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Clin Chem. 2018 Aug;64(8):1158-1182. doi: 10.1373/clinchem.2018.287045. Epub 2018 Jun 19.

Preanalytical Processing and Biobanking Procedures of Biological Samples for Metabolomics Research: A White Paper, Community Perspective (for "Precision Medicine and Pharmacometabolomics Task Group"-The Metabolomics Society Initiative).

Author information

1
Berlin Institute of Health, Berlin, Germany; vidya.velagapudi@helsinki.fi jennifer.kirwan@mdc-berlin.de.
2
Max Delbrück Center for Molecular Medicine, Berlin-Buch, Germany.
3
UCD School of Agriculture and Food Science, Institute of Food and Health, UCD, Dublin, Ireland.
4
School of Science, Edith Cowan University, Perth, Australia.
5
NIH West Coast Metabolomics Center, UC Davis, Davis, CA.
6
Department of Biochemistry and Molecular Biomedicine and IBUB, Universitat de Barcelona, Barcelona and Centro de Investigación Biomédica en Red en Enfermedades Hepáticas y Digestivas (CIBER-EHD), Madrid, Spain.
7
School of Biosciences and Phenome Centre Birmingham, University of Birmingham, Birmingham, UK.
8
Advanced Pattern Analysis and Countermeasures Group, Research Innovation Center, Colorado State University, Fort Collins, CO.
9
Sovaris Aerospace, LLC, Boulder, CO.
10
Metabolomics Unit, Institute for Molecular Medicine FIMM, HiLIFE, University of Helsinki, Helsinki, Finland. vidya.velagapudi@helsinki.fi jennifer.kirwan@mdc-berlin.de.

Abstract

BACKGROUND:

The metabolome of any given biological system contains a diverse range of low molecular weight molecules (metabolites), whose abundances can be affected by the timing and method of sample collection, storage, and handling. Thus, it is necessary to consider the requirements for preanalytical processes and biobanking in metabolomics research. Poor practice can create bias and have deleterious effects on the robustness and reproducibility of acquired data.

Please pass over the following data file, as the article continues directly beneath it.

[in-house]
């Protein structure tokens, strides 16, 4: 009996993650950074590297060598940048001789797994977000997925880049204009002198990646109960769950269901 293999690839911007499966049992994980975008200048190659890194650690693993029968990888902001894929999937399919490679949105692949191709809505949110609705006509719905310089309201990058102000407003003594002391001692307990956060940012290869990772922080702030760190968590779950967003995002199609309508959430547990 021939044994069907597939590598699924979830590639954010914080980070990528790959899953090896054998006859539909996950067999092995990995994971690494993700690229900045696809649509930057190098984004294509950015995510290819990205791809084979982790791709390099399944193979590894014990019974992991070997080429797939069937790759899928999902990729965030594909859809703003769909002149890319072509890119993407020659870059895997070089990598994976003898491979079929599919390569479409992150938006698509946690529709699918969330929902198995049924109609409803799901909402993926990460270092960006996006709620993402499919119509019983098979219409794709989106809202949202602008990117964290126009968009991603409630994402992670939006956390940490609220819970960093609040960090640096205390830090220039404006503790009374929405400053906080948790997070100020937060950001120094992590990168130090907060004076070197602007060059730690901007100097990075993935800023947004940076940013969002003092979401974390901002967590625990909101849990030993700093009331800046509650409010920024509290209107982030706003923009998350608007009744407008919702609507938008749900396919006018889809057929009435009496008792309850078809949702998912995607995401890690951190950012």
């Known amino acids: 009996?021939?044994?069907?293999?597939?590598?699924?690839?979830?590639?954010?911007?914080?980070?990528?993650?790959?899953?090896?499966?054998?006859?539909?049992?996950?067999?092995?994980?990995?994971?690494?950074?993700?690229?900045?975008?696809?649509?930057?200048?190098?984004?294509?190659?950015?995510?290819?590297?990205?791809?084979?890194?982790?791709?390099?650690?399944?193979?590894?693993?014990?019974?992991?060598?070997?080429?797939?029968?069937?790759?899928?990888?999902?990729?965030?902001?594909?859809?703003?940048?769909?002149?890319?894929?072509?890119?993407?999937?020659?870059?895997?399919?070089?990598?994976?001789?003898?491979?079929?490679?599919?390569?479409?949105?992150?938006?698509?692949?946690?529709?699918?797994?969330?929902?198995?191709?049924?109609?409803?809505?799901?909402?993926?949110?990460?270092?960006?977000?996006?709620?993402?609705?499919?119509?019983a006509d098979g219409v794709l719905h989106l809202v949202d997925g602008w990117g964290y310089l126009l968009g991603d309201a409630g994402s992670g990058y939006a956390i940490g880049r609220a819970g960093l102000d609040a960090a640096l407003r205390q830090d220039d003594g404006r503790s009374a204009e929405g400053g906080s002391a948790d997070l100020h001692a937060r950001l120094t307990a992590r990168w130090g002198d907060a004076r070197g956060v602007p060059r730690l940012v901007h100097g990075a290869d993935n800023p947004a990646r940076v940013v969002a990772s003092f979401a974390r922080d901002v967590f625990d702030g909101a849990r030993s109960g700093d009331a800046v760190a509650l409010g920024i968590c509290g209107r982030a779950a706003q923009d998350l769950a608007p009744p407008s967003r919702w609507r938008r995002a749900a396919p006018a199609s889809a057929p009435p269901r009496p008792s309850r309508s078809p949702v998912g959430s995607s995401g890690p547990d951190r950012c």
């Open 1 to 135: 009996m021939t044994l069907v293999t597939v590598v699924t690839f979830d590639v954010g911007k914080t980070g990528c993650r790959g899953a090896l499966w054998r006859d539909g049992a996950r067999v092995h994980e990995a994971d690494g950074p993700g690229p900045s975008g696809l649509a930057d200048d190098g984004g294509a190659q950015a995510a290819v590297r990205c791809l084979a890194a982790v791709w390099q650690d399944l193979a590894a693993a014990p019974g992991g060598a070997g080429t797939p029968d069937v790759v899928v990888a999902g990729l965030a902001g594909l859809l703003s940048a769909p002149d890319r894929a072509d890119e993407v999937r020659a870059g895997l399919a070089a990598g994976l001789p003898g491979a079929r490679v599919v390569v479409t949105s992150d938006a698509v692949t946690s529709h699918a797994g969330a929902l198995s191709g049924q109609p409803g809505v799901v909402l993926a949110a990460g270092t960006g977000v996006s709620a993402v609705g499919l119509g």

CONTENT:

This review presents both current practice and latest evidence on preanalytical processes and biobanking of samples intended for metabolomics measurement of common biofluids and tissues. It highlights areas requiring more validation and research and provides some evidence-based guidelines on best practices.

SUMMARY:

Although many researchers and biobanking personnel are familiar with the necessity of standardizing sample collection procedures at the axiomatic level (e.g., fasting status, time of day, "time to freezer," sample volume), other less obvious factors can also negatively affect the validity of a study, such as vial size, material and batch, centrifuge speeds, storage temperature, time and conditions, and even environmental changes in the collection room. Any biobank or research study should establish and follow a well-defined and validated protocol for the collection of samples for metabolomics research. This protocol should be fully documented in any resulting study and should involve all stakeholders in its design. The use of samples that have been collected using standardized and validated protocols is a prerequisite to enable robust biological interpretation unhindered by unnecessary preanalytical factors that may complicate data analysis and interpretation.

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